Two of the most forward-thinking agencies in the United States are joining forces to further the development of advanced space propulsion. A fireside chat about the new collaboration is scheduled for Tuesday morning, and you can see it lives right here.
The American Institute of Aeronautics and Astronautics (AIAA) 2023 Science and technology forum is officially underway in National Harbor, Maryland. The theme of this year’s talk is “Exploring the Frontiers of the Aerospace Industry,” and it will run today through Friday at the Gaylord National Resort & Convention Center. Forum speakers will address the future of space and planetary exploration, aeronautics, climate research and earth sciences, among Other themes.
Of note is a panel discussion to be held on Tuesday, January 24 at 10:00 am ET, during which officials from NASA and the Defense Advanced Research Projects Agency, or DARPA, the Pentagon’s secret research wing—“will discuss an interagency collaboration to advance space propulsion technologies for both civil and defense efforts,” such as the AIAA describes informal talk.
The session will be available at NASA TelevisionNASA app and agency website. You’ll also be able to watch it on the live stream above.
NASA Administrator Bill Nelson will deliver a keynote address, after which Steven Howe, former director of the Center for Space Nuclear Research (CSNR), will moderate a two-person panel consisting of NASA Deputy Administrator Pam Melroy, and DARPA Director Stefanie Tompkins. Melroy has a connection to DARPA, having served as deputy director of the agency’s office of tactical technology from 2013 to 2017.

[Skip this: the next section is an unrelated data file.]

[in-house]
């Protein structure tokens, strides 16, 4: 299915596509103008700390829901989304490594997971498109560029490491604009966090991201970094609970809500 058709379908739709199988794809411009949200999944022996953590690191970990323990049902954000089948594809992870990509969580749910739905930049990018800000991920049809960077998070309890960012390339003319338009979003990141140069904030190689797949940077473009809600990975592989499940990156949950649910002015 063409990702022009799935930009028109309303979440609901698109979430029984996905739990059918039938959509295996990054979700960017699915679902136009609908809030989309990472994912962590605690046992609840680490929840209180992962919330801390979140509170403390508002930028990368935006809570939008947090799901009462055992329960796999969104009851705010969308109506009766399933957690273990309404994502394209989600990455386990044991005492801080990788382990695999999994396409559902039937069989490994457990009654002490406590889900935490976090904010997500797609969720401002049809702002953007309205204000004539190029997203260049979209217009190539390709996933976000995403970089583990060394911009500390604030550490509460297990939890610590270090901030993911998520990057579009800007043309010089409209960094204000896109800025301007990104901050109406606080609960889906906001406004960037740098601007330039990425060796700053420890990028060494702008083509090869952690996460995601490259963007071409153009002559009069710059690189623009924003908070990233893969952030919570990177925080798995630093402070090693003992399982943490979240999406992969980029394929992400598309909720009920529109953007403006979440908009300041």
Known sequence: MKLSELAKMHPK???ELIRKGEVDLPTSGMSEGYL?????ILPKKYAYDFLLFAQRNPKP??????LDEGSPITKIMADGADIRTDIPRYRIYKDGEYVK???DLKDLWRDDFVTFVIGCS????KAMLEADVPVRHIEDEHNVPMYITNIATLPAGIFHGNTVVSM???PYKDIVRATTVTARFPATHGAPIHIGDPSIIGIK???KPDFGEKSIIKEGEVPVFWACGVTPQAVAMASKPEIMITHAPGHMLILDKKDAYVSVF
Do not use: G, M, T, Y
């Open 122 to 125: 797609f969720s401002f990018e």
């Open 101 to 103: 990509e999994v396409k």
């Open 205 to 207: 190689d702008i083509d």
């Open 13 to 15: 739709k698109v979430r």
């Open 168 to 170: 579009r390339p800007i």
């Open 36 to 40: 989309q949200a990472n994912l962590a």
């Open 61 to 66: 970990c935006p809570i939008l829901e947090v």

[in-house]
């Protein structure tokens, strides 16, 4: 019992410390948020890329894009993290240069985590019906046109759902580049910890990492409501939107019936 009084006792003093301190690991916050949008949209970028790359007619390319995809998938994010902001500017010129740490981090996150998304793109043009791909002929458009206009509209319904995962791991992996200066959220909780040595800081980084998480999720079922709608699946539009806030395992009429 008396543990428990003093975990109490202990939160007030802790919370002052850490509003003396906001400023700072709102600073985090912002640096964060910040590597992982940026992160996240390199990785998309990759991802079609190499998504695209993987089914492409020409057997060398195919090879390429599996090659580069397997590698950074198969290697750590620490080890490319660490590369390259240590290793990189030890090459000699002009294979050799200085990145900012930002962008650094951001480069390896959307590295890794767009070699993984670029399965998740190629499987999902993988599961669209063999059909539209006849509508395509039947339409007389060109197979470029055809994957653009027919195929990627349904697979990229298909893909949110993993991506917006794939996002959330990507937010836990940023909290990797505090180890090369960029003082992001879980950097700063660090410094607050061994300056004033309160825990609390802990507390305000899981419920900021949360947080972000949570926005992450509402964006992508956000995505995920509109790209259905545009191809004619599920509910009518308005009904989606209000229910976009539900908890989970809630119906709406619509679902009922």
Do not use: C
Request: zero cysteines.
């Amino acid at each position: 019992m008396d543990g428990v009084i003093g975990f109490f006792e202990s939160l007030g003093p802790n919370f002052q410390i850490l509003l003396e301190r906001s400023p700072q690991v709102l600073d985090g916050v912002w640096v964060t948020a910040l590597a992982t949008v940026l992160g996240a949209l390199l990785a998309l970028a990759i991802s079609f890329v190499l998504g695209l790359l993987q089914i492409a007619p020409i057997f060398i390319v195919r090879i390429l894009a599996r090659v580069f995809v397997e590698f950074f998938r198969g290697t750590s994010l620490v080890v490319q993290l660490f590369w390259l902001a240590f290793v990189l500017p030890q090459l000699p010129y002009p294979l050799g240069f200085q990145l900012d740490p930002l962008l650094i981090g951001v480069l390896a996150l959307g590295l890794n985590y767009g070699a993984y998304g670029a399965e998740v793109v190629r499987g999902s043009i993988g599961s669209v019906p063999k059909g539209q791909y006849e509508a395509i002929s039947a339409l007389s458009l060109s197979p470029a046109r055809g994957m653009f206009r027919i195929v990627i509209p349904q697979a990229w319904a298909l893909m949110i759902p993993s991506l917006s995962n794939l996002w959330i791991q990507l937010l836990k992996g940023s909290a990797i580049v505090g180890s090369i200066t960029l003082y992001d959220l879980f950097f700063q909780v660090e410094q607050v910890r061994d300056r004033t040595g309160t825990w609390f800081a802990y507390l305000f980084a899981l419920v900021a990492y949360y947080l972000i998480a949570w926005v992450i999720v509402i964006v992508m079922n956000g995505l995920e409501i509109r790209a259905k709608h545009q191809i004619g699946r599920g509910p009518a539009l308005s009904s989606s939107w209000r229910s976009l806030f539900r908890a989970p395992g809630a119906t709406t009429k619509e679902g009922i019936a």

It’s not clear how much detail the panelists will delve into, but it was great to have some concrete data about the types of advanced space propulsion technologies that NASA and DARPA will seek to develop, along with descriptions of possible future applications. Updates on ongoing projects, such as spaceships powered by nuclear thermal propulsionwould also be welcome. NASA’s Innovative Advanced Concepts (NIAC) program recently awarded Phase I status and $175,000 in funding for a team from the University of Florida working on a nuclear engine concept that could take a spacecraft to Mars in just 45 days.
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This should be a fascinating conversation, and I look forward to learning about the collaboration and how the two agencies plan to work together.
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